• Stepped down after failing to lead Sweden to the 2010 World Cup finals, but ended up travelling to that tournament as coach of Nigeria.
• Appointed Iceland boss in October 2011, he steered the side to the 2014 World Cup play-offs where they lost to Croatia. Agreed a new contract that would mean he handed over the reins to assistant Heimir Hallgrímsson at the end of the UEFA EURO 2016 campaign – and promptly guided Iceland to their first ever major tournament.
• Even better was to follow as Iceland knocked out England en route to reaching the quarter-finals, where they lost to France, and in February 2017 Lagerbäck came out of retirement to take over as coach of Norway, his new side picking up ten points from their six 2018 World Cup qualifiers under his watch and going on to win promotion in the UEFA Nations League.
|Name||Date of birth||UEFA EURO matches||UEFA matches|
No such matches refereed
|10/12/2013||UYL||GS||FC København||Real Madrid CF||3-2||Frederiksberg|
|21/10/2015||UYL||GS||Paris Saint-Germain||Real Madrid CF||4-1||Saint-Germain-en-Laye|
|08/12/2016||UEL||GS||Panathinaikos FC||RC Celta de Vigo||0-2||Athens|
|21/04/2017||UYL||SF||FC Barcelona||FC Salzburg||1-2||Nyon|
|26/07/2018||UEL||2QR||Sevilla FC||Újpest FC||4-0||Seville|
|23/10/2018||UCL||GS||BSC Young Boys||Valencia CF||1-1||Berne|
|13/12/2018||UEL||GS||Villarreal CF||FC Spartak Moskva||2-0||Villarreal|
Last updated 22/03/2019 13:07CET
Last updated 22/03/2019 12:59CET
:: Previous meetings
Goals for/against: Goal totals include the outcome of disciplinary decisions (e.g. match forfeits when a 3-0 result is determined). Goals totals do not include goals scored during a penalty shoot-out after a tie ended in a draw
:: Squad list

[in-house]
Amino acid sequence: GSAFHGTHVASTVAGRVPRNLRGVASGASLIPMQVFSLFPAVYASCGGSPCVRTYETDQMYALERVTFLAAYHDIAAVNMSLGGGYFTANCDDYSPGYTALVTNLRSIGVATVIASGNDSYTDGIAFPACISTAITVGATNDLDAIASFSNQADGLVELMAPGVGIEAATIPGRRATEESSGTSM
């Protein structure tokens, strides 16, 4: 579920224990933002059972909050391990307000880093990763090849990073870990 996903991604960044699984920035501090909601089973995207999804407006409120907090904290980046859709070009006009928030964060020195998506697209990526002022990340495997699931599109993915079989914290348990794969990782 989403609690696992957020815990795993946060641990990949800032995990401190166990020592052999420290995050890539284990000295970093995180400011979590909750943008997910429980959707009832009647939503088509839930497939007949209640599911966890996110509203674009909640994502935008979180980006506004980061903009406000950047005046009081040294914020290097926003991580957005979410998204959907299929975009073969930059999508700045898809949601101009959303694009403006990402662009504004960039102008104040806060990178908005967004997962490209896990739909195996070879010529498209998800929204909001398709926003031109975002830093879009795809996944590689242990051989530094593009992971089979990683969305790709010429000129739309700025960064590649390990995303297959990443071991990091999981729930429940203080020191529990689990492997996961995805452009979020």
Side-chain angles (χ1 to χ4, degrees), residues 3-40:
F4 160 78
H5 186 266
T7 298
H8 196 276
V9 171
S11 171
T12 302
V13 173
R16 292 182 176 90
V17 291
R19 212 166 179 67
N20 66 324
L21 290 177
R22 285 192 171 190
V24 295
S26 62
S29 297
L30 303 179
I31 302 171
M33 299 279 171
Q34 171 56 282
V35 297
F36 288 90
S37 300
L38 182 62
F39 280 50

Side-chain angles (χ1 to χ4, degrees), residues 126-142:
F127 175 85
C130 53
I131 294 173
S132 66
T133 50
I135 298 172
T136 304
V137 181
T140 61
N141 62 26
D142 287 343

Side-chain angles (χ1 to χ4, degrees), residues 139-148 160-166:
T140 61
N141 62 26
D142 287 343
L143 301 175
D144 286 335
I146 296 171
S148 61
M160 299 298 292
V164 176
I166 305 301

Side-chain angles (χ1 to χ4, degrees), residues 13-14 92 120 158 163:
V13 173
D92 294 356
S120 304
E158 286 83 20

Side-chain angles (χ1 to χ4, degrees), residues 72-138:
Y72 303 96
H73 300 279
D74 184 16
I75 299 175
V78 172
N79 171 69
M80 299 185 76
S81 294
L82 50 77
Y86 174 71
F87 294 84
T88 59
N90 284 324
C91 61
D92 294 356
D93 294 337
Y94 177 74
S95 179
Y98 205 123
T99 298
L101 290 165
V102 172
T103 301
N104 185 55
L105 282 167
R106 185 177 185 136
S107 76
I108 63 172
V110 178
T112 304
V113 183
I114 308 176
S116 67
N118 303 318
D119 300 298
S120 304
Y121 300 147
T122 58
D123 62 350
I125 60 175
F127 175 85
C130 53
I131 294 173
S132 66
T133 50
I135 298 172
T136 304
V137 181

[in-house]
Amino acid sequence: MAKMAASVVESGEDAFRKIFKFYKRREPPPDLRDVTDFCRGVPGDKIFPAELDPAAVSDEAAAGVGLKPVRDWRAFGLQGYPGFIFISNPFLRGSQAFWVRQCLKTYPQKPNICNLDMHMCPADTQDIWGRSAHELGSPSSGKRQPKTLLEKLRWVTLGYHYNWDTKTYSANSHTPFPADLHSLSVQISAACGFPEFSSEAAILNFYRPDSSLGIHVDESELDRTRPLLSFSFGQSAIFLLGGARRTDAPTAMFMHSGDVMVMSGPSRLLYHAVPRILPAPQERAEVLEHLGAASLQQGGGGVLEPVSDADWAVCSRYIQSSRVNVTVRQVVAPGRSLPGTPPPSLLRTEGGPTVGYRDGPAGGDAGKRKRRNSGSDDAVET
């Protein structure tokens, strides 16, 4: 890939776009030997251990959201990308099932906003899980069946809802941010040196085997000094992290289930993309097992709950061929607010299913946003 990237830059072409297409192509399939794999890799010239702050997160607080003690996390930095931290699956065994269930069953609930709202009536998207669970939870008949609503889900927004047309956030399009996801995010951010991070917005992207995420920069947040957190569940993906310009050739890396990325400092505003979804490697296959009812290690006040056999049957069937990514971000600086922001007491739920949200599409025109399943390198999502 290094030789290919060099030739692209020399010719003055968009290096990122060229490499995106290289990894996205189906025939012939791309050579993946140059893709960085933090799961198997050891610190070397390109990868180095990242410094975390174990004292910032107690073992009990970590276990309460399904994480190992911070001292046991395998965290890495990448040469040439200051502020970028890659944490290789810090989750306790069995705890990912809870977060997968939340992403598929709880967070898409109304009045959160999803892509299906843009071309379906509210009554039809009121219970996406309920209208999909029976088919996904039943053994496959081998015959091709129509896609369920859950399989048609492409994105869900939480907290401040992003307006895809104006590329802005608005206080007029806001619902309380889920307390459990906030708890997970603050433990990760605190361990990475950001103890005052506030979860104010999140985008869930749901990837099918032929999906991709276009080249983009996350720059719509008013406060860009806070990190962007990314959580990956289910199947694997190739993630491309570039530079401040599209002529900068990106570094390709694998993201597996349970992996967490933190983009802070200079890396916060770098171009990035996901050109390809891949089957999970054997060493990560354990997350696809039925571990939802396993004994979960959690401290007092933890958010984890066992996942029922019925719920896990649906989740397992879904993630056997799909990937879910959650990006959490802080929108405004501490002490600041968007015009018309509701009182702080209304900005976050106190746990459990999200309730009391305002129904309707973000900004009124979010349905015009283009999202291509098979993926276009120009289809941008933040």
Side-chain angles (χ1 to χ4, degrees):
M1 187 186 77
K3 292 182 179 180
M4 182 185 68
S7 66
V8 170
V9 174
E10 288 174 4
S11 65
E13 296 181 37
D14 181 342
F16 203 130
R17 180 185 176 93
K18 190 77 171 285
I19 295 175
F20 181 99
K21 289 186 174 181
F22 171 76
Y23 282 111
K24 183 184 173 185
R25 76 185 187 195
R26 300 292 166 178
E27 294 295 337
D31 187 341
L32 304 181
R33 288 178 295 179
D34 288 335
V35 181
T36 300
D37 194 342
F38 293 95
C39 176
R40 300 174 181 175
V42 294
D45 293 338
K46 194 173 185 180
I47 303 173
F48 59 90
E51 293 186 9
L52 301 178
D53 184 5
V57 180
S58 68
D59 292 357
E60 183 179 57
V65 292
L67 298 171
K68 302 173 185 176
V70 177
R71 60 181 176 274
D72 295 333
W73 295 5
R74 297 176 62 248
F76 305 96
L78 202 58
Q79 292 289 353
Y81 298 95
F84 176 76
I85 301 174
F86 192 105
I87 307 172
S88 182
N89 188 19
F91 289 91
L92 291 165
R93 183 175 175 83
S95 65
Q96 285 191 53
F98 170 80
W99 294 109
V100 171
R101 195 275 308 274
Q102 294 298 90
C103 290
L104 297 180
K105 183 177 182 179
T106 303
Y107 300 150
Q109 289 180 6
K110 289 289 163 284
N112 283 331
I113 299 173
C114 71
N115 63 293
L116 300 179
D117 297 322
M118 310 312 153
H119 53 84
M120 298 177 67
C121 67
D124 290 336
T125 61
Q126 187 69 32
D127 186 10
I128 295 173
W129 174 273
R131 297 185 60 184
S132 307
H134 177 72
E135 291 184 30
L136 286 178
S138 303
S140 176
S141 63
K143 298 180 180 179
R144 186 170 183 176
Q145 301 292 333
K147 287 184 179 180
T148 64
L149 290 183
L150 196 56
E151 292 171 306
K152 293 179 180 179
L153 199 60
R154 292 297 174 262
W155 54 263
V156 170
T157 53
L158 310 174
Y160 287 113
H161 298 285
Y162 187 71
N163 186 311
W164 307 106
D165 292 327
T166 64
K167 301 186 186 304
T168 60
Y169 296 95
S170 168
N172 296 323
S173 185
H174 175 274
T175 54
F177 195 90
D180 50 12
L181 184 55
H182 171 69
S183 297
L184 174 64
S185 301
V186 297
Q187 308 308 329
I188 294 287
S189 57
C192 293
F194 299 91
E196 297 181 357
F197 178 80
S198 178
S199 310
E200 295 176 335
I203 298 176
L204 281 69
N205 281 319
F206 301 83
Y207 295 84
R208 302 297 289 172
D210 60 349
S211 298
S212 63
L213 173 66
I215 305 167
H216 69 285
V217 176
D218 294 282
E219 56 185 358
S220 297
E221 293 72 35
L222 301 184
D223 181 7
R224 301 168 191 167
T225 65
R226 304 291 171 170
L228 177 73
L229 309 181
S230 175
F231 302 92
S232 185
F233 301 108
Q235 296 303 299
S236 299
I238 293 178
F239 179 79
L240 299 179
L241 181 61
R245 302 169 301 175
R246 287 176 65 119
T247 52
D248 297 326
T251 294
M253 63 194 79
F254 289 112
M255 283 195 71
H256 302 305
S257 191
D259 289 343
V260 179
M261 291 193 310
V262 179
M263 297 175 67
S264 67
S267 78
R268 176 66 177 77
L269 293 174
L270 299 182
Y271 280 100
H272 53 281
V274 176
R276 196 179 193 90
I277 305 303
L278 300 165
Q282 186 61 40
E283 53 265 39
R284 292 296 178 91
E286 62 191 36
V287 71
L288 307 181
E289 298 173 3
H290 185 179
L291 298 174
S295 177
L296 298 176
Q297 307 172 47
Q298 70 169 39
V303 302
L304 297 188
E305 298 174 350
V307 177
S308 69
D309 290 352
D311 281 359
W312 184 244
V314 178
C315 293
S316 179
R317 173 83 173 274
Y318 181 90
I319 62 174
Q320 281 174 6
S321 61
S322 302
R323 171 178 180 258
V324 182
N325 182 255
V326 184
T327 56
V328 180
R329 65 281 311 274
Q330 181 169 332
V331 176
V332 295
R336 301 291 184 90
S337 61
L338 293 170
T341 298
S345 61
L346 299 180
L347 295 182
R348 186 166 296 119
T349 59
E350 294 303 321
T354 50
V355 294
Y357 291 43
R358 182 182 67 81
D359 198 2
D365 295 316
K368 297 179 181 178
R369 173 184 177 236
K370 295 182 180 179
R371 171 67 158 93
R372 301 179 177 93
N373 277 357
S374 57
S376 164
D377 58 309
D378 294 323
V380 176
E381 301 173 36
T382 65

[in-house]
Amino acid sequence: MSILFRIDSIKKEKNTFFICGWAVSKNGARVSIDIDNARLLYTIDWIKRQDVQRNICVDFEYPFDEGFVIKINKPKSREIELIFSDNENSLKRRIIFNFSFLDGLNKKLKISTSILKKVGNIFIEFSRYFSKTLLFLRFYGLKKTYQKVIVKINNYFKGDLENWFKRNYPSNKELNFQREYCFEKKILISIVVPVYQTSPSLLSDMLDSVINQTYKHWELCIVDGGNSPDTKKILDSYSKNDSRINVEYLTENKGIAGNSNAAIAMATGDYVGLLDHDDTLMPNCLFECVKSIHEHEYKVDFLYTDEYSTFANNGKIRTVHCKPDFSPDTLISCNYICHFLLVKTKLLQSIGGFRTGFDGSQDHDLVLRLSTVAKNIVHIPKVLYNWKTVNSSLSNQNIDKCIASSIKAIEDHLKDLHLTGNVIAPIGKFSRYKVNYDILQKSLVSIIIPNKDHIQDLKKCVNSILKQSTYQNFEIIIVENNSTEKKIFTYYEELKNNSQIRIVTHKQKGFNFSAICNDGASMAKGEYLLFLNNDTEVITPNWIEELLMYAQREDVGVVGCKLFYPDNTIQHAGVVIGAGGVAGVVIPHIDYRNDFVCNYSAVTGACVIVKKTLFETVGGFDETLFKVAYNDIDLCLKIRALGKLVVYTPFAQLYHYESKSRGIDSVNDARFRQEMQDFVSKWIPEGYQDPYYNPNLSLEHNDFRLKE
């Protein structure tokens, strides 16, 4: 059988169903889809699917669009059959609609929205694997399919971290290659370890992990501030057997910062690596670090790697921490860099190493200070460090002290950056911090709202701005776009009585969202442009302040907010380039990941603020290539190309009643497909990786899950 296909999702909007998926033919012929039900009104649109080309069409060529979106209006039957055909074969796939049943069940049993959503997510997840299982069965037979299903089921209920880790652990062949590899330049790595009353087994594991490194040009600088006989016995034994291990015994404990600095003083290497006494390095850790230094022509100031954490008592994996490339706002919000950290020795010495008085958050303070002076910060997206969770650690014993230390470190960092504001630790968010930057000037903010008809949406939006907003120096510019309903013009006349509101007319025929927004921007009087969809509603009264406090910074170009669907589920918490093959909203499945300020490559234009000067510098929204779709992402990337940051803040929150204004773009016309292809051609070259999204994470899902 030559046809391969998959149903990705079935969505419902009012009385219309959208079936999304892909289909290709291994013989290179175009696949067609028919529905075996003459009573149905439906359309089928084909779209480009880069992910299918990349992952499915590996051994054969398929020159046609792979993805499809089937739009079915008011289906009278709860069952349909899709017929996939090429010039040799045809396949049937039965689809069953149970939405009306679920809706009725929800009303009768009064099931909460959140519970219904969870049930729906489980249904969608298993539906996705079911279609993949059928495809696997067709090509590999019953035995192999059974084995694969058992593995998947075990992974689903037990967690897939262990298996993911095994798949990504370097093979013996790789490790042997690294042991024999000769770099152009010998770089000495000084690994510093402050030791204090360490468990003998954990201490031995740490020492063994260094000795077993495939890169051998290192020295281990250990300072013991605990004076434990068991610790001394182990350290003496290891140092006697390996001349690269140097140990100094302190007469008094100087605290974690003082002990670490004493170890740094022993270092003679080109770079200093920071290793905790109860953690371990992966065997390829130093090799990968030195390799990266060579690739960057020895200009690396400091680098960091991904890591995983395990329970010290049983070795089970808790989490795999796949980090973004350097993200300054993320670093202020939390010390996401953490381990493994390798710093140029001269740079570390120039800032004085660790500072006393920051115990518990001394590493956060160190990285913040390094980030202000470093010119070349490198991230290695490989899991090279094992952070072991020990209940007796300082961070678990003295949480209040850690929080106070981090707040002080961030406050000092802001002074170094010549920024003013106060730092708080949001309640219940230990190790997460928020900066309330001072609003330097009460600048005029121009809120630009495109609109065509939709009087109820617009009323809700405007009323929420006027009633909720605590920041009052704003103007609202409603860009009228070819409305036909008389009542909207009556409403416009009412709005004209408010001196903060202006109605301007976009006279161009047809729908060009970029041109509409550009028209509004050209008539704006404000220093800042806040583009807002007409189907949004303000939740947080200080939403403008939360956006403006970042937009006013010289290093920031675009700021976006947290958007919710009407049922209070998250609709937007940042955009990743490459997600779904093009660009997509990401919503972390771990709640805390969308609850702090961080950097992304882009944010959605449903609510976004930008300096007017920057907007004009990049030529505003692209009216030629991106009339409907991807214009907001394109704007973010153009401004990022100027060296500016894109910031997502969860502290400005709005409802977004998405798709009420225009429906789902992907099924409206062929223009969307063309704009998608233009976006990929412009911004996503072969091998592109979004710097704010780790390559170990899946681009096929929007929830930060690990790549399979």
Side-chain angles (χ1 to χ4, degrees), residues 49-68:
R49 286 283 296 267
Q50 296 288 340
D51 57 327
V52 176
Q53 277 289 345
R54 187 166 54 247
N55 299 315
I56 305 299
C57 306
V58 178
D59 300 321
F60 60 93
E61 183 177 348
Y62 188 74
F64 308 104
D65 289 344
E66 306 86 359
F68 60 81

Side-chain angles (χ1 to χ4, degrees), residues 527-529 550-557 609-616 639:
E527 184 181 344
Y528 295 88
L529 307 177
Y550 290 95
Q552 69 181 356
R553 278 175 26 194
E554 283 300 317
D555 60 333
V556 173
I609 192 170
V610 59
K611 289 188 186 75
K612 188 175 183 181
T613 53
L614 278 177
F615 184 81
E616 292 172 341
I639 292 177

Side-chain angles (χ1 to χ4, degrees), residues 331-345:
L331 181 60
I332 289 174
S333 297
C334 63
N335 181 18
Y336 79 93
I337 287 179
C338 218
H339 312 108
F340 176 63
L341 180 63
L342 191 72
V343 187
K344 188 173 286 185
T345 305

Qual.: Total European Qualifiers appearances/goals for UEFA EURO 2016 only.
FT: Total UEFA EURO 2016 appearances/goals in final tournament only.
Overall: Total international appearances/goals.
DoB: Date of birth
Age: Based on the date press kit was last updated
D: Disciplinary (*: misses next match if booked, S: suspended)
:: Team facts
EURO finals: The UEFA European Championship was a four-team event in 1960, 1964, 1968, 1972 and 1976 (when the preliminary round and quarter-finals were considered part of qualifying).
From 1980 it was expanded to an eight-team finals and remained in that format in 1984, 1988 and 1992 until 1996, when the 16-team format was adopted. UEFA EURO 2016 is the first tournament to be played as a 24-team finals.
Records of inactive countries
A number of UEFA associations have been affected by dissolution or splits of member associations. For statistical purposes, the records of these inactive countries have been allocated elsewhere: therefore, all Soviet Union matches are awarded to Russia; all West Germany – but not East Germany – matches are awarded to Germany; all Yugoslavia and Serbia & Montenegro matches are awarded to Serbia; all Czechoslovakia matches are allocated to both the Czech Republic and Slovakia.
For statisical purposes, when a match has been started and then abandoned but later forfeited, the result on the pitch at the time of abandonment is counted. Matches that never started and were either cancelled or forfeited are not included in the overall statistics.